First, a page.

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Airlines

Comfort factor

Toilets are a basic necessity on board but, says Mario Pierobon, new technology is introducing improvements for passengers and airlines
 

Over the last several years the average size of lavatories on-board scheduled passenger aircraft has shrunk to accommodate higher seating densities in aircraft cabins. While this trend has contributed significantly to efficiency in the airline business, there now seems to have been a backlash, up to the point that some airlines are actually looking for larger lavatory installations.


The on-board lavatory remains one of the defining features of an aircraft. Whether or not a visit to the lavatory is a pleasant one can affect the passenger’s whole experience, and is an indicator of the airline’s general level of quality. As a result of the lavatory’s central role in how airlines differentiate themselves through branding, a wealth of improvements are being offered as part of cabin fitting and retrofitting. These go beyond the reduction of lavatory sizes, and include new technologies and materials from lavatory manufacturers, as well as anti-microbial finishes.

Executive Vice President and General Manager for reconfiguration and interior products at HAECO Cabin Solutions, Mark Peterman, stresses the importance of innovation: “New mirror materials reduce cost and weight while offering greater clarity and desired options, such as in-mirror lighting. New materials offer design and construction flexibility, and the opportunity to create a unique ‘look’ that harmonises with an airline brand. LED lighting technology is delivering lightweight solutions, multi-colour lighting, and low power consumption.”


New technologies to improve the lavatory experience are also aimed at increasing hygiene; aspiring to reach a future where there will be no need to touch anything in the lavatory. “Touchless activation of items such as the faucet, waste flap and toilet lid is making its way into the development of aircraft on-board lavatories. These features are activated by a variety of methods, such as infrared and capacitive sensing. They create a more hygienic experience by eliminating the need to touch the lavatory,” says Nathan Kwok, Vice President Commercial Operations at Zodiac Monuments US.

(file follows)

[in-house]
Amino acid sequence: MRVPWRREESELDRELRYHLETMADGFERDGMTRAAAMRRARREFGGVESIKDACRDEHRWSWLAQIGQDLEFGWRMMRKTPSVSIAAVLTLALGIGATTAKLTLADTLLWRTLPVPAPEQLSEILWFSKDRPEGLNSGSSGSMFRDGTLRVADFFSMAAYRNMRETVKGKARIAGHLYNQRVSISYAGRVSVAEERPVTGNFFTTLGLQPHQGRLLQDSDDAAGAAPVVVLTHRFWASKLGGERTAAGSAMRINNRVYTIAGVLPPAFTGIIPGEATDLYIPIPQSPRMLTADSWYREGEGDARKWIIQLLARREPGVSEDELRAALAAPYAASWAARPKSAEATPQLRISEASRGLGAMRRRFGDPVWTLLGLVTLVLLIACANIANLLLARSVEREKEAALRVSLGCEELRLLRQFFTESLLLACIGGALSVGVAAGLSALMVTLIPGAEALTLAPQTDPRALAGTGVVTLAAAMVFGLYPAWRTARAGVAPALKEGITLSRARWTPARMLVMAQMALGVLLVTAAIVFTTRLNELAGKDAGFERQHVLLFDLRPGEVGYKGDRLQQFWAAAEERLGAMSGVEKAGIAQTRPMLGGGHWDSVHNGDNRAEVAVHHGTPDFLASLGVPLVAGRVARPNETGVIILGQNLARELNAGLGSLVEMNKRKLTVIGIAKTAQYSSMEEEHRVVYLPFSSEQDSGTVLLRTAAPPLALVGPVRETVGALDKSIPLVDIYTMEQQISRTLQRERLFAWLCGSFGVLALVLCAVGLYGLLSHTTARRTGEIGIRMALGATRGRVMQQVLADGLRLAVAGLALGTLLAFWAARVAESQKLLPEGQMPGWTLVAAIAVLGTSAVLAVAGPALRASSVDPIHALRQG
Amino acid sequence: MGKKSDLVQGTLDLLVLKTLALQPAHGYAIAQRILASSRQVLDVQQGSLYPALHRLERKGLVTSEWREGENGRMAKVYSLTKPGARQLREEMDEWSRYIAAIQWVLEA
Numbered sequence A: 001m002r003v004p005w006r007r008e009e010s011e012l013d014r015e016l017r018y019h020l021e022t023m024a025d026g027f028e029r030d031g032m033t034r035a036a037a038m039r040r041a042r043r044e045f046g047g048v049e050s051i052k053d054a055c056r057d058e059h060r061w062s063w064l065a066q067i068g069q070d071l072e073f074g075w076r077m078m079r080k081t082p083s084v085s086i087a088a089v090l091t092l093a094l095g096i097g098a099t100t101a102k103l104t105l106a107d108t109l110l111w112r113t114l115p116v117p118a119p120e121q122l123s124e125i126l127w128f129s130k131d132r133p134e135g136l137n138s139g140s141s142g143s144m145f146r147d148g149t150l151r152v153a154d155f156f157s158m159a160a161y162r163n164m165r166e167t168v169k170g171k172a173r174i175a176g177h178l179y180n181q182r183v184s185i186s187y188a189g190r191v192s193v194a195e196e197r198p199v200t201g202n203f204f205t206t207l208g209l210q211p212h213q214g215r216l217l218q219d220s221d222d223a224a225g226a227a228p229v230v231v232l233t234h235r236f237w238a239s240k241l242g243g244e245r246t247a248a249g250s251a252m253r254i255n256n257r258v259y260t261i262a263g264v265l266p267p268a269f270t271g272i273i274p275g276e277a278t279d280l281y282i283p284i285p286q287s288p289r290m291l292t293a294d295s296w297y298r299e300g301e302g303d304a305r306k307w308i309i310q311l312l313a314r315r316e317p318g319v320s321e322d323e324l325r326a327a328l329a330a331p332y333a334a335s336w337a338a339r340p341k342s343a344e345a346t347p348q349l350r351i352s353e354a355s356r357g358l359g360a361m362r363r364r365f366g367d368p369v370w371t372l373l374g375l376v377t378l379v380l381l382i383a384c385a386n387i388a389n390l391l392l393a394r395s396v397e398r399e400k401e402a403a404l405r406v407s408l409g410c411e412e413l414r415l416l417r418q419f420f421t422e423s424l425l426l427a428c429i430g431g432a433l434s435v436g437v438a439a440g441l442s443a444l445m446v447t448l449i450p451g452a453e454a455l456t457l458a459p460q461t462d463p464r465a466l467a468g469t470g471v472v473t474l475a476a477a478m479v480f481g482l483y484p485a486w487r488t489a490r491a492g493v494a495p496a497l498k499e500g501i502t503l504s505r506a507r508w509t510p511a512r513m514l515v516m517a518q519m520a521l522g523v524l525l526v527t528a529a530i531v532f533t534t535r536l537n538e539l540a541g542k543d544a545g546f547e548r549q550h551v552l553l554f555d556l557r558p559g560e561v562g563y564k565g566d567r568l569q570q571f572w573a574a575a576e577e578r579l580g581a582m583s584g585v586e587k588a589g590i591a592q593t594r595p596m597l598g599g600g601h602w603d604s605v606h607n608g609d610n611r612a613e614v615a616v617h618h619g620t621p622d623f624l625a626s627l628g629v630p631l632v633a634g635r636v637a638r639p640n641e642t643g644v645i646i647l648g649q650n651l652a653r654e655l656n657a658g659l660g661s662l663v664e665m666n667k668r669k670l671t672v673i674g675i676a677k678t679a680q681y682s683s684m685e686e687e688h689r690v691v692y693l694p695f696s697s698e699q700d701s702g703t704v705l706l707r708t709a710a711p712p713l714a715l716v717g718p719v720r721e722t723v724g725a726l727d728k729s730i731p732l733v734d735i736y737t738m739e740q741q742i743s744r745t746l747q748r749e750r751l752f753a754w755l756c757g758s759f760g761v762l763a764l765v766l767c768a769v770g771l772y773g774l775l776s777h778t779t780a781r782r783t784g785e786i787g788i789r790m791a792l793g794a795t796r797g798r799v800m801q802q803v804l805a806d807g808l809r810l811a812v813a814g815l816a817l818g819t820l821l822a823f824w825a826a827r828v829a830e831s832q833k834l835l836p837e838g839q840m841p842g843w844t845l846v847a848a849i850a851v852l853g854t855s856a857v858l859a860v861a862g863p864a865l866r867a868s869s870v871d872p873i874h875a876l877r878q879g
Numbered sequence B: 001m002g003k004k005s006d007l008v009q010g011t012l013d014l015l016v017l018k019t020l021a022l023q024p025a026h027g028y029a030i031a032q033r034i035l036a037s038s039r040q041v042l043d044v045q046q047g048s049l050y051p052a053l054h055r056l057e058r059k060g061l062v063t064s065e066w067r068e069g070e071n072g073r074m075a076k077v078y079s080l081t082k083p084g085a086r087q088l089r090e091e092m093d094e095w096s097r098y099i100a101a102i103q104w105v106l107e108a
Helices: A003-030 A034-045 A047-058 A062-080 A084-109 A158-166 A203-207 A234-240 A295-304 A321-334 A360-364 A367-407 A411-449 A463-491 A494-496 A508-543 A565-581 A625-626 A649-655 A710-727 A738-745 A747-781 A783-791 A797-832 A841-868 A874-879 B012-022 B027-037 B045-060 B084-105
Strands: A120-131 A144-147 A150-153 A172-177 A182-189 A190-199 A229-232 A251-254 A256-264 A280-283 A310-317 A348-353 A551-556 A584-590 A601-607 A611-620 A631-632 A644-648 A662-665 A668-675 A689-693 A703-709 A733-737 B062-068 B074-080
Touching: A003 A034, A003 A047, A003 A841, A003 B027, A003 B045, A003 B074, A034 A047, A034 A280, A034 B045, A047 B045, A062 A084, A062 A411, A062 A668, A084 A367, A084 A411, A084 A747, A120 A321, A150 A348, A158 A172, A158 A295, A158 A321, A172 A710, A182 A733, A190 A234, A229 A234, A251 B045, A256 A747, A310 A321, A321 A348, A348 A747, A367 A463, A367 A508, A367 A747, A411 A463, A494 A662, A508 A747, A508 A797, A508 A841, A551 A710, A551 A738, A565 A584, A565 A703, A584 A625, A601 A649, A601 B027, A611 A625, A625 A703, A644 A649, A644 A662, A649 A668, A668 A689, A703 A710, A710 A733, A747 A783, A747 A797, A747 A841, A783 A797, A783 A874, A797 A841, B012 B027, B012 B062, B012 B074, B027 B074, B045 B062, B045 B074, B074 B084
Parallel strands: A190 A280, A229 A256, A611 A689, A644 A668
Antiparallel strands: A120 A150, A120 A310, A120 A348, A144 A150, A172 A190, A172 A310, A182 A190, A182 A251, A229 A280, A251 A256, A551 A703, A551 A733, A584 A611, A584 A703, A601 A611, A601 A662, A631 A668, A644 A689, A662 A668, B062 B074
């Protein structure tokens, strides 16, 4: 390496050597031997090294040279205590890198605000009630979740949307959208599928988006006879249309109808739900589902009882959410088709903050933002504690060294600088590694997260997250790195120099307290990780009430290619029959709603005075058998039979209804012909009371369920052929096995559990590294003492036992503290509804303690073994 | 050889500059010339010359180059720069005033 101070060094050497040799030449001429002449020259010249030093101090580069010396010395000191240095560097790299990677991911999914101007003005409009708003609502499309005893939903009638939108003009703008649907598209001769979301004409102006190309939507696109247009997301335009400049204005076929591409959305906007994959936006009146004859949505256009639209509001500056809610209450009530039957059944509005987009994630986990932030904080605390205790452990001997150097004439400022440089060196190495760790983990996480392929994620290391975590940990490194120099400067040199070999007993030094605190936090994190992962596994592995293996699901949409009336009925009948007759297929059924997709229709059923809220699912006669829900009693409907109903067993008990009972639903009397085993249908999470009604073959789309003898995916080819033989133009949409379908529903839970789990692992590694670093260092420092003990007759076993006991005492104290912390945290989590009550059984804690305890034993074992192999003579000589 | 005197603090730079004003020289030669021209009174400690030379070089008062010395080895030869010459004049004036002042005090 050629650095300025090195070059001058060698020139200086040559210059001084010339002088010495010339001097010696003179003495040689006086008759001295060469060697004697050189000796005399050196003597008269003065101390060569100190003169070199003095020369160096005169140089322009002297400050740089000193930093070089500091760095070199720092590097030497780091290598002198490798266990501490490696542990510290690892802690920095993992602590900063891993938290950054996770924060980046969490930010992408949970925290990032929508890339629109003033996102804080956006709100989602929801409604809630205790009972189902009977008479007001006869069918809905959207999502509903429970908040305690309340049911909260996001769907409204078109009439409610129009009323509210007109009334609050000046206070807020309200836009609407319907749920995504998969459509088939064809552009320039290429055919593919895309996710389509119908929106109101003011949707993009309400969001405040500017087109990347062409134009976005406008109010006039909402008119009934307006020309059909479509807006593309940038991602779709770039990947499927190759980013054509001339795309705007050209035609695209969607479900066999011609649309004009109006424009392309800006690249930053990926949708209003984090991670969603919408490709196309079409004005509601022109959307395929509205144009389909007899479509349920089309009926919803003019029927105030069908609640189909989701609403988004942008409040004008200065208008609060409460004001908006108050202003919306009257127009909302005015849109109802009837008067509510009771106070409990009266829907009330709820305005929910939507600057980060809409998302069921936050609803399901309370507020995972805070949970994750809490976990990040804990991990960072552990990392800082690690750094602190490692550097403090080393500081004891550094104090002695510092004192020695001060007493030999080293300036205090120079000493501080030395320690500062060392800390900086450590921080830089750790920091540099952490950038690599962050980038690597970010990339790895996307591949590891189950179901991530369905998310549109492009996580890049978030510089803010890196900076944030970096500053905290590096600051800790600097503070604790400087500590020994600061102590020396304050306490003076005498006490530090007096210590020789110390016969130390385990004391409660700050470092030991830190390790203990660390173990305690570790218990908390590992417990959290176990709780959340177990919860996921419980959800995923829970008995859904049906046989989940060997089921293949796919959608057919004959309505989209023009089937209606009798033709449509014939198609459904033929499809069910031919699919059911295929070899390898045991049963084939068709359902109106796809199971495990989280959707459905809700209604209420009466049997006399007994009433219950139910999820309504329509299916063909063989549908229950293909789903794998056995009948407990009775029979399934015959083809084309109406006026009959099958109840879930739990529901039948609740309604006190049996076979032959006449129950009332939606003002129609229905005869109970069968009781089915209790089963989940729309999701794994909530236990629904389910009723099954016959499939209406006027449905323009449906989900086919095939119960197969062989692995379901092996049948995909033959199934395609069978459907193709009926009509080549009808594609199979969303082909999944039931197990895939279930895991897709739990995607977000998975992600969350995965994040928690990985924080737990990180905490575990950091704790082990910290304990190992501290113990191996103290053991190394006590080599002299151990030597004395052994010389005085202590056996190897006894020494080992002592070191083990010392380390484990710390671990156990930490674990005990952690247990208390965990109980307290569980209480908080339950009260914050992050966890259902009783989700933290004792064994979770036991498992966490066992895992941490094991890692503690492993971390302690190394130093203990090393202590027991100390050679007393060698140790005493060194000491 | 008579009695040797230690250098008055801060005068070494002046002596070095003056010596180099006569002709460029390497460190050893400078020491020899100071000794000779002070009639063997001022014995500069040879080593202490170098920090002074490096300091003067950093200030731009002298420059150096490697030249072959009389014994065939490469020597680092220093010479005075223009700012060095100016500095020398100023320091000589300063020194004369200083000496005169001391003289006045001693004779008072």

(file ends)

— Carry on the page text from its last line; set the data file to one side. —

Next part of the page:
Research and Technology Engineer for Lavatories at Diehl Aerosystems, Florian Zager-Rode agrees: “Touchless controls will be available for faucets, soap and disinfectant dispensers, waste flaps, doors, switches and toilet lids. This also decreases the transmission of virulent infections in the cabin… Furthermore, the use of antibacterial and self-cleaning coatings is obviously useful in areas of heavy use or contamination, such as door handles, floor tubs or toilets. And here, not only are genuine hygiene and cleanliness important, but even more so the appearance and perception of it. Therefore, special techniques of lighting, colour and trim support the impression of well-being and spatiality.”


Rockwell Collins’ Advanced Lavatory product line has brought a series of new technologies to the aircraft lavatory market. “Industry firsts include the patented Spacewall technology, which enables airlines to generate more revenue and to achieve higher aircraft productivity, as it allows airlines to either put more seats on the aircraft or to introduce a Premium Economy Cabin in combination with other LOPA changes,” says Tim Lehnig, Director of Sales and Marketing for Lavatories and Waste/Water Systems at Rockwell Collins. “In addition, Rockwell Collins’ Advanced Lavatories feature elements such as multi-colour LED lighting, antibacterial surfaces and the agile toilet system. It provides powerful economic and operational benefits to airlines, as
its modular construction saves 55% in weight, consumes 45% less water and offers an MTBF that is four times higher than the competitors’ products. These are some of the innovations that Rockwell Collins has been utilising to address the industry’s need for increased equipment productivity, lower operating costs, more hygienic environments, and an overall cleaner, more modern design language that better aligns with airline branding strategies.”


Within lavatories that are shrinking in size, the impression of space has key relevance. “By using directly printed panels – instead of décor foil, it is possible to provide phenomenal views of skylines, impressive pictures, patterns or even branding on curved walls, all in high quality reproduction. It is also possible to display moving pictures or information in difficult locations using new projection technology currently in development. And those opportunities are very interesting for branding aspects inside the lavatory as well,” says Zager-Rode.

 

As ever, continuous attention is being paid to safety on board, and, despite strict laws the lavatories remain famous for being the smokers’ corner of the aircraft. “New smoke detectors have decreased the false alarm rate, and fire suppression inside the trash compartment has virtually eliminated the threat of a fire in the lavatory. However, any new design or material needs to fulfil these high standards. This challenge is usually not recognised or appreciated by the passenger, but represents a large proportion of work during the design phase,” Zager-Rode continues. >>

 


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